Sunday, September 16, 2007

iD, 1994
by Simon Reynolds

When Richard Linklater's Slacker came out in 1991,
it seemed that here at last was a movie that captured our
generation's sensibility--our quandaries and quests,
our weird pop-cult obsessions and use of irony as a survival
strategy. Lots of people evidently felt the same, because
Slacker--a shoe-string film made by a self-taught
director-- eventually grossed over $1 million in the USA.
Sniffing megabuck potential, Hollywood financed Linklater's
follow-up Dazed and Confused to the tune of $6 million--
roughly 200 times the budget for Slacker. Finally, Dazedgets a long-overdue UK release this month.

Dazed is set in the Summer of '76, the absolute nadir
of the post-hippy, pre-punk lull, and arguably the moment the
slacker attitude--a mix of fatalism, idealism and irony--was
born. It's the last day of the school year in a Texas small
town, and the camera follows the intersecting trajectories of
a motley crew of teenagers--red-eyed stoners, sports-fanatic
jocks, auto-obsessed greasers, nerdy intellectuals--as they
cruise the town looking for action, and pause to ponder what
they're gonna do with the rest of their lives.

Dazed is a real '70s pop-cult fest, with its pot-rituals, groovy
clothes and rocktastic period soundtrack (Ted Nugent, Black
Oak Arkansas, KISS, Foghat et al). But really it seems to be
a movie about NOW as much as then, in so far as we're all too
familiar with that sense of being stranded after the counter-
cultural tide has gone out.

Drawing on his high-school memories, 31 year old
Linklater trained his cast of brilliant unknowns to ooze that
authentic mid-70s aura. "It was about tweakin' the details--
getting 'em to say 'man' instead of 'dude', teaching them to
do 'soul-shakes' ('cos handshakes were a big deal in the
'70s), getting them to draaaaag their sentences."

Dazed has been compared to American Graffiti, one of the first youth-cult nostalgia films. Linklater says that "what I liked
about Graffiti as a kid was that I actually thought it was
an old movie, made in the early '60s." And so for Dazed, he
deliberately used old-film stock and avoided equipment like
steady-cams that were invented after 1976--all to accentuate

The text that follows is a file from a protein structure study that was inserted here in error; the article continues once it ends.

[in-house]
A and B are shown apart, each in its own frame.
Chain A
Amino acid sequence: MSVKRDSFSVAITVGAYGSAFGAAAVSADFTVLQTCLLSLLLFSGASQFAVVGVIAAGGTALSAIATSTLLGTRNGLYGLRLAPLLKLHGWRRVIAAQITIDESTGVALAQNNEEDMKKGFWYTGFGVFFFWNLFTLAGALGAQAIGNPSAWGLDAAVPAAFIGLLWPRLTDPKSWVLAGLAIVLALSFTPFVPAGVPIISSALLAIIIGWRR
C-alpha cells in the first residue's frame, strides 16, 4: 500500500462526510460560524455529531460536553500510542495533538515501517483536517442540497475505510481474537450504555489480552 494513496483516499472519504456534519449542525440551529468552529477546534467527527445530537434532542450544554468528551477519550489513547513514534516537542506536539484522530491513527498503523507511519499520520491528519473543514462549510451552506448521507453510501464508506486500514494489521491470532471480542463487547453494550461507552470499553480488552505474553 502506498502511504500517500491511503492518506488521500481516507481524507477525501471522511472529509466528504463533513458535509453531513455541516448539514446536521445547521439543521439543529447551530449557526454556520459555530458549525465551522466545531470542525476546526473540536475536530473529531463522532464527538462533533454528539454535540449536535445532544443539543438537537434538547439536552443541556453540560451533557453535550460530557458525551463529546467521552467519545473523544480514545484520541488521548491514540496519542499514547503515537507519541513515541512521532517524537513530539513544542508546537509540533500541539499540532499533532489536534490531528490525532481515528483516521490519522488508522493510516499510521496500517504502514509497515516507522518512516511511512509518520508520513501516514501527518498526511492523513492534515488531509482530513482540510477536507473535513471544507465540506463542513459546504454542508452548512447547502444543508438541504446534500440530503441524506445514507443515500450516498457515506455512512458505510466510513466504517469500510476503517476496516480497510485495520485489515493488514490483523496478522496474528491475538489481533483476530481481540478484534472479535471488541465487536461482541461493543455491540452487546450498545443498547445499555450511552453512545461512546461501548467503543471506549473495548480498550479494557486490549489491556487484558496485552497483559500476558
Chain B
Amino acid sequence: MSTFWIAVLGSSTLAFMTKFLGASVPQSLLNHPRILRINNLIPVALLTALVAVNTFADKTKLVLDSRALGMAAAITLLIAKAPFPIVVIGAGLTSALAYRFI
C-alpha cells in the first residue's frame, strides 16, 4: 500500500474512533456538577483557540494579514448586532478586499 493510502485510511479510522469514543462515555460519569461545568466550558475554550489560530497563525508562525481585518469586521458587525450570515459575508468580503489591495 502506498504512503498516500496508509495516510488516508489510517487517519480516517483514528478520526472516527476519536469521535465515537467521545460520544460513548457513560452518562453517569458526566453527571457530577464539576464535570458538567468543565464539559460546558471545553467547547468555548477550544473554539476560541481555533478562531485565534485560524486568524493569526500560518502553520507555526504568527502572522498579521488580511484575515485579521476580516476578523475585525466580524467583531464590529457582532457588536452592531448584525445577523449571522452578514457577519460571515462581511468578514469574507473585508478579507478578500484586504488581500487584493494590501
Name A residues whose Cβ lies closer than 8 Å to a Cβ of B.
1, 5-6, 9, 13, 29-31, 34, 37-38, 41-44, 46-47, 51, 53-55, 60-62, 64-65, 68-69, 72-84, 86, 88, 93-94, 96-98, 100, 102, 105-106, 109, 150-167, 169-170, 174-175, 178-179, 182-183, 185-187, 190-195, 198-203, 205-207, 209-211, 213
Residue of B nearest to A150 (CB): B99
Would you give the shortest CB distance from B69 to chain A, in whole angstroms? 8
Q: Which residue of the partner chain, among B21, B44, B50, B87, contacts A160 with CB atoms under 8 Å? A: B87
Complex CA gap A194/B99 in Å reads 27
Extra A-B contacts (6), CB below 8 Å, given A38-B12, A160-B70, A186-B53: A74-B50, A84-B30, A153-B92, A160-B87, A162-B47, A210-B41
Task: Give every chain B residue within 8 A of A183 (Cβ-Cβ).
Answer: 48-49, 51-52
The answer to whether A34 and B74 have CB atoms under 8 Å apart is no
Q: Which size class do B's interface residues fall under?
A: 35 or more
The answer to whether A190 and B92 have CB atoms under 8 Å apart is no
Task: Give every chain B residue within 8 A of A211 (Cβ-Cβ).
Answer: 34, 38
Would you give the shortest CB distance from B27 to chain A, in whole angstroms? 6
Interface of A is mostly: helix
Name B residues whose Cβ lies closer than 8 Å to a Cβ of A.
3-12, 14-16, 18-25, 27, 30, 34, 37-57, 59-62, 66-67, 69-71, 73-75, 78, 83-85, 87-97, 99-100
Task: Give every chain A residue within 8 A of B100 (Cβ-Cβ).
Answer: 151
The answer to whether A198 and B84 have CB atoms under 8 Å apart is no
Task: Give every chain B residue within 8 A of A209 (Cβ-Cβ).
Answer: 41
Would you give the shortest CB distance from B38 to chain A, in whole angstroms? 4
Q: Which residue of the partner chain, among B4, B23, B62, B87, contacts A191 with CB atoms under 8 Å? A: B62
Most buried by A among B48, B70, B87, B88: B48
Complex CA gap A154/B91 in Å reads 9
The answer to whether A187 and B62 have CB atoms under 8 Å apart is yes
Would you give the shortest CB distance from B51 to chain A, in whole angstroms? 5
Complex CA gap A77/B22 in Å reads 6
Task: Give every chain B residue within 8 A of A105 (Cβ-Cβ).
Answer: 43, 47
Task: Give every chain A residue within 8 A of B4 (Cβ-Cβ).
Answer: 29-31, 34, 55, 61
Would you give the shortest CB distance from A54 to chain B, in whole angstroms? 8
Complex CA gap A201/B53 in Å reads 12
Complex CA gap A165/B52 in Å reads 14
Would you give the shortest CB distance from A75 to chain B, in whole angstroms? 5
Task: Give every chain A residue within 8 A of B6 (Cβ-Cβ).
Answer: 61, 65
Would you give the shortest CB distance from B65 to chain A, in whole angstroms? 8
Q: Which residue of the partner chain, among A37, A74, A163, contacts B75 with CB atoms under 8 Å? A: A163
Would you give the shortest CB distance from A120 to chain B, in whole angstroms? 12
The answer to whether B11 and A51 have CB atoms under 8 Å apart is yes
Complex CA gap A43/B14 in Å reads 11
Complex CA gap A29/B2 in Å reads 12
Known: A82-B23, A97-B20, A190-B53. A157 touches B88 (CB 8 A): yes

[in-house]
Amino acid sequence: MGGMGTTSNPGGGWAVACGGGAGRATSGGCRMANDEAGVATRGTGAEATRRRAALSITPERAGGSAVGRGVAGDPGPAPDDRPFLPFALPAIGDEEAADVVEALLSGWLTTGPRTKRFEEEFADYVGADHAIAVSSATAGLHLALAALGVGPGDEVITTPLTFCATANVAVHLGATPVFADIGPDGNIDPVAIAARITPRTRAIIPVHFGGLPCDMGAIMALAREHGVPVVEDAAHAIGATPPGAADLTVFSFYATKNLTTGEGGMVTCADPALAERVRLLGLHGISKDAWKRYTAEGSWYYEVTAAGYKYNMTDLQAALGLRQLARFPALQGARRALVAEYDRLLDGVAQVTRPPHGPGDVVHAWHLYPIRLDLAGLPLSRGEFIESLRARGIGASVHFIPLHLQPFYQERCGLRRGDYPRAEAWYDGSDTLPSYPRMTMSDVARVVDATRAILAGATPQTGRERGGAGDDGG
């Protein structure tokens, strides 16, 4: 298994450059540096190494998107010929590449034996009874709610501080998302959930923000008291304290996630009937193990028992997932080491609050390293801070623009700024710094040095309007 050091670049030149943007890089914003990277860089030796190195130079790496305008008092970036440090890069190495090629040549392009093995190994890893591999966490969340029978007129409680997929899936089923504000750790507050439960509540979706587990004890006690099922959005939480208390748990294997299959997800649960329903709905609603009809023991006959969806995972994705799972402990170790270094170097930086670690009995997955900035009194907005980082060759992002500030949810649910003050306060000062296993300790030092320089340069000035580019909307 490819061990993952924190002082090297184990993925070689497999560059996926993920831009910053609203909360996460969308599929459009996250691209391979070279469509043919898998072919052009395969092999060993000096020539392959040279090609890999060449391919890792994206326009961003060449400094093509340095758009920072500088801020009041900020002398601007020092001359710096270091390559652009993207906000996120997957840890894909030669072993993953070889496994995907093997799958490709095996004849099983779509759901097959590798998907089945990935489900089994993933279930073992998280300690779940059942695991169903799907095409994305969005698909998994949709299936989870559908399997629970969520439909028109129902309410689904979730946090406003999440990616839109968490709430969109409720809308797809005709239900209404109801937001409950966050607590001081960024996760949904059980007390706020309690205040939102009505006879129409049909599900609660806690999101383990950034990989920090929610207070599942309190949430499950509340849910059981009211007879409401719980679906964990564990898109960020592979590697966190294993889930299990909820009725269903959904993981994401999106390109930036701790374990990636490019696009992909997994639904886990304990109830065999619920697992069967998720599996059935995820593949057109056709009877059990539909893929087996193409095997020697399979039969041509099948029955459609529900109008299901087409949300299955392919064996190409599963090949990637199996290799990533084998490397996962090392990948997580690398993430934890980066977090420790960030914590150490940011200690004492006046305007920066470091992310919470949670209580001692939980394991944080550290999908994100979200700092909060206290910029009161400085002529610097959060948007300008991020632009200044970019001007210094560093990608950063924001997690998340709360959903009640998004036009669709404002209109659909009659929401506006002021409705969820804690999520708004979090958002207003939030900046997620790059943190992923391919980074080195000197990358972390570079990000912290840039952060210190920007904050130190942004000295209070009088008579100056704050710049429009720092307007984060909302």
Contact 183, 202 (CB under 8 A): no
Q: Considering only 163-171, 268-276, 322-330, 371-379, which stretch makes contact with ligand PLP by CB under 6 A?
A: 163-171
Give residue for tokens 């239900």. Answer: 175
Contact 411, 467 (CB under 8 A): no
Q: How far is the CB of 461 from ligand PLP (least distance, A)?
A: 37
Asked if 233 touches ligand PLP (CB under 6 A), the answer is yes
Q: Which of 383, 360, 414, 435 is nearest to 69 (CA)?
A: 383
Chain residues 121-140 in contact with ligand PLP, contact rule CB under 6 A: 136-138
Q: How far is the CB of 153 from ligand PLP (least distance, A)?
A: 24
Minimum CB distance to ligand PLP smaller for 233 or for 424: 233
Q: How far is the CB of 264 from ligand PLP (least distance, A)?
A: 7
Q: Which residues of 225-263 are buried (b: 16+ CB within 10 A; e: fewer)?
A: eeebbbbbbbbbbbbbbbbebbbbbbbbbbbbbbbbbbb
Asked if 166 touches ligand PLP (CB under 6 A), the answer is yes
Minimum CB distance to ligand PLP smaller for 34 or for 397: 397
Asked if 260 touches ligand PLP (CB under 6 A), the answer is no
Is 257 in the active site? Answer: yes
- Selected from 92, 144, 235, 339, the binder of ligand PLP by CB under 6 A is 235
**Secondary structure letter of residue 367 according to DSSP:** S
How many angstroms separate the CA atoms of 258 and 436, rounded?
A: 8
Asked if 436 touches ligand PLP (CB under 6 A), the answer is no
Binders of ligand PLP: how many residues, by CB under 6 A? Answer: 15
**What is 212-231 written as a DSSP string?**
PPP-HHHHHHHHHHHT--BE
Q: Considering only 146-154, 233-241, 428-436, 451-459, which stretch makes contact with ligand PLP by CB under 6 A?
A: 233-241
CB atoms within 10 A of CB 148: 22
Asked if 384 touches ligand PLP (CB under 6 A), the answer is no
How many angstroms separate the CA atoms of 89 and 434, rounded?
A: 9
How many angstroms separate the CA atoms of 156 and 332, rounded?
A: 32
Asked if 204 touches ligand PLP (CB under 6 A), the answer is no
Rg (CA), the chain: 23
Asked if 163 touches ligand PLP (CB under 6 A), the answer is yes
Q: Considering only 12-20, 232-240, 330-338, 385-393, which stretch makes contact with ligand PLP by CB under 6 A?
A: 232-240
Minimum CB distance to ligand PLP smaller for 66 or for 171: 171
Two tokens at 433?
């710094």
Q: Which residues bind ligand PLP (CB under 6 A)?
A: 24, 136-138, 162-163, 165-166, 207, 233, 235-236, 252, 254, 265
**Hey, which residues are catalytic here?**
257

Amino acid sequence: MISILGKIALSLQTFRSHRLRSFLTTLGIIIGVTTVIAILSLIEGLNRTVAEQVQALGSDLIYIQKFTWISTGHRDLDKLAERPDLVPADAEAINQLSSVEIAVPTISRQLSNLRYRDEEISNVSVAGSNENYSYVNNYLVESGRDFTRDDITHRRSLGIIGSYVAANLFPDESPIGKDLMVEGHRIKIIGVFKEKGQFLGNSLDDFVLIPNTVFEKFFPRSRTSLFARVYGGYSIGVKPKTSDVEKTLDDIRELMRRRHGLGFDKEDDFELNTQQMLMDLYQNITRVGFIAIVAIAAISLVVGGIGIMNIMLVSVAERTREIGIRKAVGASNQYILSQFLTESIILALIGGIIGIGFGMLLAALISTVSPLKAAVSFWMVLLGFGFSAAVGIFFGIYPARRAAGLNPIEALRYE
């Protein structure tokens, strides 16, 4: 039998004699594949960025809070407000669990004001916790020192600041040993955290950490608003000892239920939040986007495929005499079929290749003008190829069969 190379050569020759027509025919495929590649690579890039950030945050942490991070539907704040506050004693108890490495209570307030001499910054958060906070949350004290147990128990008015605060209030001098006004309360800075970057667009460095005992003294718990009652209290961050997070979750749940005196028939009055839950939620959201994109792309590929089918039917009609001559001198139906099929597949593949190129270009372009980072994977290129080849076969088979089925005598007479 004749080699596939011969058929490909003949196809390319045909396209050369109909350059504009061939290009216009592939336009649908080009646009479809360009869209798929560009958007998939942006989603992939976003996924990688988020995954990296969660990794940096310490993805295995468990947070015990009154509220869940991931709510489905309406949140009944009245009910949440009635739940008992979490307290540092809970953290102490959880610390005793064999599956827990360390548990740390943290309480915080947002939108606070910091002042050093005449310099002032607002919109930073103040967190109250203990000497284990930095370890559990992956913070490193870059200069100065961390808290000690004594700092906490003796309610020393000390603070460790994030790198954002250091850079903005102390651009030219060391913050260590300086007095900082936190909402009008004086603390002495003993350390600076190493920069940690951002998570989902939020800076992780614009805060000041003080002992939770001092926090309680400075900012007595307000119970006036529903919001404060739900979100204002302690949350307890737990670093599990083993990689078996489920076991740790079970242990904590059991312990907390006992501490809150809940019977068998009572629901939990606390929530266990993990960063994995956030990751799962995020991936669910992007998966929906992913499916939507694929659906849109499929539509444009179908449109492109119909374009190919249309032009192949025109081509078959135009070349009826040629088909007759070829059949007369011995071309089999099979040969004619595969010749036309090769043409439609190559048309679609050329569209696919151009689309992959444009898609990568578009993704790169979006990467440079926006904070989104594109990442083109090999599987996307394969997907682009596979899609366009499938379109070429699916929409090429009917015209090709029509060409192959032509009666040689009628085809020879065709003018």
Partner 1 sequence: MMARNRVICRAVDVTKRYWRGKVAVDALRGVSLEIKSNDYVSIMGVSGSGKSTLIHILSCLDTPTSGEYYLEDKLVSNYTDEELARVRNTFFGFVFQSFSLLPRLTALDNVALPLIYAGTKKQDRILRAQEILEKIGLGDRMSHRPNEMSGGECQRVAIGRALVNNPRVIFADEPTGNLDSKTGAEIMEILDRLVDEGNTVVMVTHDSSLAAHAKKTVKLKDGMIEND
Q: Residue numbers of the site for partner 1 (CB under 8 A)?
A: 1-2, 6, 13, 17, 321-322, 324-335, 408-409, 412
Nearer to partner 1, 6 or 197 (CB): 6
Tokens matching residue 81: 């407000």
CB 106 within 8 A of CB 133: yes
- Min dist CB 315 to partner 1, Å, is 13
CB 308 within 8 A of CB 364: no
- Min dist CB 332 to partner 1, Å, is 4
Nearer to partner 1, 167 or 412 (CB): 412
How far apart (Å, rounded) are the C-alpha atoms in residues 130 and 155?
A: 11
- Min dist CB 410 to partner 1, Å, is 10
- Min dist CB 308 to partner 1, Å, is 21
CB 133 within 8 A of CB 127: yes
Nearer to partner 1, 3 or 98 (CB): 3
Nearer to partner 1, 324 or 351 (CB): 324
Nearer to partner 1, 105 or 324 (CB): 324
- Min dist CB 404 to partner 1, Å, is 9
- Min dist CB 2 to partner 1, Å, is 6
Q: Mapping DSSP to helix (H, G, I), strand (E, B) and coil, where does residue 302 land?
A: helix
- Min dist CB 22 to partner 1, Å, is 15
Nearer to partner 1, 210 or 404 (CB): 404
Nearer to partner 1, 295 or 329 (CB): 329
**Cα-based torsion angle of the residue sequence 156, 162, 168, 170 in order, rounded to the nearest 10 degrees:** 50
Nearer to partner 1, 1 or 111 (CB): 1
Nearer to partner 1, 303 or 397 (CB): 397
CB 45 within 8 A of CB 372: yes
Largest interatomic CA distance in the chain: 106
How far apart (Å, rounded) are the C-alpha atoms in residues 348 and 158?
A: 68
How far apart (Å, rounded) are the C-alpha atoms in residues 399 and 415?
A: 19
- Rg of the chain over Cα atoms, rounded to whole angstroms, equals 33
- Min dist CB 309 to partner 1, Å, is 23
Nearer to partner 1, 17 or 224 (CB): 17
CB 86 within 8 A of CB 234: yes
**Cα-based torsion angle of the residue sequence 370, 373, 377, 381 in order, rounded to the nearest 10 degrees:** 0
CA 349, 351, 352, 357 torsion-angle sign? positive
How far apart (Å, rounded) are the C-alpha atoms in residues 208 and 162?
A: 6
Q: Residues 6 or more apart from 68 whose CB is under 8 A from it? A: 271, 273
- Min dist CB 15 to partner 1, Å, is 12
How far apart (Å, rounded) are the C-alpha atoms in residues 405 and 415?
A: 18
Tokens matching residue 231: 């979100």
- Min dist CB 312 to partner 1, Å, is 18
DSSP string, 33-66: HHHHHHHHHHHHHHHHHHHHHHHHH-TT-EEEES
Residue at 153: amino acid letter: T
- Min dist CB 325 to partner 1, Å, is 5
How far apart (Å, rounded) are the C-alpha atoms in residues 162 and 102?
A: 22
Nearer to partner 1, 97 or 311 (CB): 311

the sensation of 'time travel'.

The biggest continuity between Slacker and Dazed is
Linklater's trademark fondness for non-structure. Nothing
exactly happens in either movie, but watching, you never want
the film to end. Dazed is an attempt to "encapsulate this
entire teenage world in a small town", evoke all its
inconsequentiality and mundane epiphanies, map its highly-
charged sites and interzones.

"I realised that high school life was a loop, or a series
of interwined loops: you run into the same faces, at the same
places, you follow the same routes. The initial idea for
Dazed came when I remembered one particular night--me and
my friends drove around all night, drinking beer and crankin'
ZZ Top. At the end of the night, we'd travelled 150 miles but
never left the city limits! That's what teenage life is
like--you don't get anywhere, but in a sense, you get
everywhere. I envisioned the cast as always moving: they
never sit down--except in a moving car! When you're a kid,
it's always about forward motion, anticipation, the next
thing. One character says: 'aren't you tired of everything
being just a preamble?' But when you grow up, you realise
that back then you were really living, you just didn't
realise it. You were always thinking 'when's the party going
to start?', never realising that this is as good as it's
gonna get!"

Dazed ends on a euphoric note of ambivalent optimism,
as the gang drive into the dawn horizon. It's the road to
nowhere, but they don't care, 'cos they're together. "It's
when they really do break out, if only to buy some Aerosmith
tickets," says Linklater. "But for them, that is utopia!
It's the breakthrough moment of the film, when they finally
break out of the loop of their town."

Another recurring theme that strikes a chord with the
'90s is nostalgia. There's the hippy latecomer Slater,
there's the Young Democrat who mourns Kennedy's New Frontier,
there's the Che Guevara fan.... Linklater captures that
born-too-late feeling that's the negative birthright of
almost every young person today, whether it's punk or 1988's
Summer of Love that's the boat you missed.

"I allowed myself one moment of cheap irony in the movie,
when one character says 'the '70s suck, maybe the '80's will
be better--they can't be any worse'! I actually wrote an
editorial for my high school mag about how the '60s were
great and the '70s didn't amount to much by comparison. Even
now, I still have a feeling of waiting for something to
happen. Psychologically, there's not so much of a gap between
'76 and now. Whereas there seemed like a huge gulf between
'76 and '67...."

All this makes me wonder if there'll ever be such a
thing as '90s nostalgia? How could we possibly hark back to
an era whose pop culture is so thoroughly based on harking

"It'll be up to today's 15 year olds. It's your formative
years that make the time period significant. The intensity
you feel at that age is projected onto what's around you. So
people our age can't possibly know what there is to cherish
about the '90s".

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